After a year of roller-coaster gas prices,local officials are proceeding cautiously in predicting how much fuel will cost as they pull together next year's budgets.
Port Royal town manager Van Willis said his staff is focusing on how much fuel town-owned vehicles will use this year, not how much that fuel might cost.
"We want to look at how much fuel we think we'll use in gallons instead of what the price might be," he said. "The price of the fuel just ebbs and flows, and it's just one of those things you have to deal with. Everything is conjecture right now, but that's about all you can do, given the volatility of that market."
In 2008, the town budgeted $40,000 to gas up police cars, but spent $77,000. This year, the town set aside $84,000, but has doled out just $33,000 so far.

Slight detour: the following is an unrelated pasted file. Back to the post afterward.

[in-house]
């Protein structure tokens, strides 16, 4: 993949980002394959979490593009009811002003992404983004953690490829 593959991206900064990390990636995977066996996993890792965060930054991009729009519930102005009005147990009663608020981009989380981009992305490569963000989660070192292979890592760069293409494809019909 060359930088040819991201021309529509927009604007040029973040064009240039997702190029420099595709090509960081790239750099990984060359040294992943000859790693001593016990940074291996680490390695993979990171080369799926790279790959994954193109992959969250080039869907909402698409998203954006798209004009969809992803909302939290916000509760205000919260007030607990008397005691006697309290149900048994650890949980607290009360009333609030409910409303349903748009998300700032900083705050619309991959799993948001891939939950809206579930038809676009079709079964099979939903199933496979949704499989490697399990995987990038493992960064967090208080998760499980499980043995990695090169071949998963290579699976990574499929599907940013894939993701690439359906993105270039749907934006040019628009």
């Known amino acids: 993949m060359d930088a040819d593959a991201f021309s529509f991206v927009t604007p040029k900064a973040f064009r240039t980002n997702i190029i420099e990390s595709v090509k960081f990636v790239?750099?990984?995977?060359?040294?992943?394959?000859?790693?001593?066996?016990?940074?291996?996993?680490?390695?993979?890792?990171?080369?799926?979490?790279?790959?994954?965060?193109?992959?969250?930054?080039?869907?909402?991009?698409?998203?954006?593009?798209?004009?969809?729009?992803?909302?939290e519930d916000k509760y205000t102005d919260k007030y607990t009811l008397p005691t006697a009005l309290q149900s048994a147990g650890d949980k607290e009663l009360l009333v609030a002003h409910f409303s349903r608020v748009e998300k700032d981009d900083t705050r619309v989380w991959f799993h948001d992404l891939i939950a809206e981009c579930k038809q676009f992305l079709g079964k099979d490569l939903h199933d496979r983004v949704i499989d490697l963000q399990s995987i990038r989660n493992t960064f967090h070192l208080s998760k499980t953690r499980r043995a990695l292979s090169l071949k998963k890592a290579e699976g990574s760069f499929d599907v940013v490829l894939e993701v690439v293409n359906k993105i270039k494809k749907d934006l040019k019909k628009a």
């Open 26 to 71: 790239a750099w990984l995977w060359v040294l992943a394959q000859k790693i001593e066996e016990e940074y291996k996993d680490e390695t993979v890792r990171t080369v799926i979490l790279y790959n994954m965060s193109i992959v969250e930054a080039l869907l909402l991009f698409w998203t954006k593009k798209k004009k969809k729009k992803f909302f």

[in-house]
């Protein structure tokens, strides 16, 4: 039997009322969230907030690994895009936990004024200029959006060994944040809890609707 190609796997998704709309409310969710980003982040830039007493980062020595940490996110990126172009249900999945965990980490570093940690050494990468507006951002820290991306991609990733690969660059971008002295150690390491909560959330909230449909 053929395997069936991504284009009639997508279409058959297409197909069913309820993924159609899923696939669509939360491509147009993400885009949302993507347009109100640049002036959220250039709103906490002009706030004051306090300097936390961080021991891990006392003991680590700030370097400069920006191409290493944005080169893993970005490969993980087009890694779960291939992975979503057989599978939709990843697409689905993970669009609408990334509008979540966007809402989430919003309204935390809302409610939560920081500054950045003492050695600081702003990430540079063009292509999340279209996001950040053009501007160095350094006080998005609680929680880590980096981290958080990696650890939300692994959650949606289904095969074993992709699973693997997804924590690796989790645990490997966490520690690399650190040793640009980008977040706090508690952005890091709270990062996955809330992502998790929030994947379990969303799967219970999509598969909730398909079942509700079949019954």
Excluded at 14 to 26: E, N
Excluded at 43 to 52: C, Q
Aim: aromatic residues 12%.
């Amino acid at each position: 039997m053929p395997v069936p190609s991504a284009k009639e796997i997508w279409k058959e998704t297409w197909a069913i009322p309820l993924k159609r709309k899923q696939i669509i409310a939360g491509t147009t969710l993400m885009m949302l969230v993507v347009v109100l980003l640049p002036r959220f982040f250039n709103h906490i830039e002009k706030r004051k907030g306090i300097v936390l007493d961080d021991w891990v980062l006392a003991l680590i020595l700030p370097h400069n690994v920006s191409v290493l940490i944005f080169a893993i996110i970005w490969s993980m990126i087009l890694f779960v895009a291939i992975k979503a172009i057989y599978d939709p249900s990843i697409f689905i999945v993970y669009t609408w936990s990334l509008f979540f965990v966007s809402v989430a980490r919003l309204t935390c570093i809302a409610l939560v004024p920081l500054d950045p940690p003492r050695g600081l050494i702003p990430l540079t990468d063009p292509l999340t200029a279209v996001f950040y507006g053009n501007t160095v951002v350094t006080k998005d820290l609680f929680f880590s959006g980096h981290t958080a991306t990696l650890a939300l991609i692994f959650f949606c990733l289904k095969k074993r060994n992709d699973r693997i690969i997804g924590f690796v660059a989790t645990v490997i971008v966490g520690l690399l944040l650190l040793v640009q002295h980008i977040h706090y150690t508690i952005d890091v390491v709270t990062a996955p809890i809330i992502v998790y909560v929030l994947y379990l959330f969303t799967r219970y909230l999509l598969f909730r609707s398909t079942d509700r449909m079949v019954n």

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"We overbudgeted big time, but we were looking at gas prices between $3.50 and $3.75 a gallon," Willis said.
Willis expects to spend between $60,000 and $70,000 for Police Department fuel next year.
The Beaufort Police Department budgeted $135,000 last year for fuel for the department's 50 vehicles, said Chief Matt Clancy. He expects to use that figure in the upcoming budget.
Beaufort County also is struggling to nail down a plan, said deputy county administrator Bryan Hill.
"We based on our budget on gas being $3.50 a gallon and by July it had shot up to $4.10 a gallon so it threw the budget out of whack," said Hill. "Thankfully, when gas prices came down in September and October, we had padded our budget so we were in pretty good shape. This year, I'm trying to be as conservative as possible, but you can never predict what the commodities and futures markets are going to do."
Hill said the county's fuel budget will likely be about $2 million for the upcoming fiscal year.
In Bluffton, the cost of fueling police cars has "danced" between $103,000 and $135,000, said Town Manager Bill Workman. "It can be a little frustrating."